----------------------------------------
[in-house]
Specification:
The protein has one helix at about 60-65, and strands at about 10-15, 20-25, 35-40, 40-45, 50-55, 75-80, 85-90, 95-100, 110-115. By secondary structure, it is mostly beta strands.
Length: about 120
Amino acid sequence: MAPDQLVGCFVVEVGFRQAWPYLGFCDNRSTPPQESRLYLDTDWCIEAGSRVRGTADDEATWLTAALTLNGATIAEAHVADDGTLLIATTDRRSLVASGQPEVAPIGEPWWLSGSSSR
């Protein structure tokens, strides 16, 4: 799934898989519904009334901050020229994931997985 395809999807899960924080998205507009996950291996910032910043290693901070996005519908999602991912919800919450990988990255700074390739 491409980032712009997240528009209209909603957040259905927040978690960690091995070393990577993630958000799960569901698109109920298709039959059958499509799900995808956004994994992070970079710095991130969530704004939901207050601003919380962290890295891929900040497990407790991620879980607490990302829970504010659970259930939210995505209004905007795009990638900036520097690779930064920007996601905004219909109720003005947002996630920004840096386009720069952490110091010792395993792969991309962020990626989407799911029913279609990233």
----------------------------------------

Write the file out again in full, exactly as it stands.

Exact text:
[in-house]
Specification:
The protein has one helix at about 60-65, and strands at about 10-15, 20-25, 35-40, 40-45, 50-55, 75-80, 85-90, 95-100, 110-115. By secondary structure, it is mostly beta strands.
Length: about 120
Amino acid sequence: MAPDQLVGCFVVEVGFRQAWPYLGFCDNRSTPPQESRLYLDTDWCIEAGSRVRGTADDEATWLTAALTLNGATIAEAHVADDGTLLIATTDRRSLVASGQPEVAPIGEPWWLSGSSSR
């Protein structure tokens, strides 16, 4: 799934898989519904009334901050020229994931997985 395809999807899960924080998205507009996950291996910032910043290693901070996005519908999602991912919800919450990988990255700074390739 491409980032712009997240528009209209909603957040259905927040978690960690091995070393990577993630958000799960569901698109109920298709039959059958499509799900995808956004994994992070970079710095991130969530704004939901207050601003919380962290890295891929900040497990407790991620879980607490990302829970504010659970259930939210995505209004905007795009990638900036520097690779930064920007996601905004219909109720003005947002996630920004840096386009720069952490110091010792395993792969991309962020990626989407799911029913279609990233």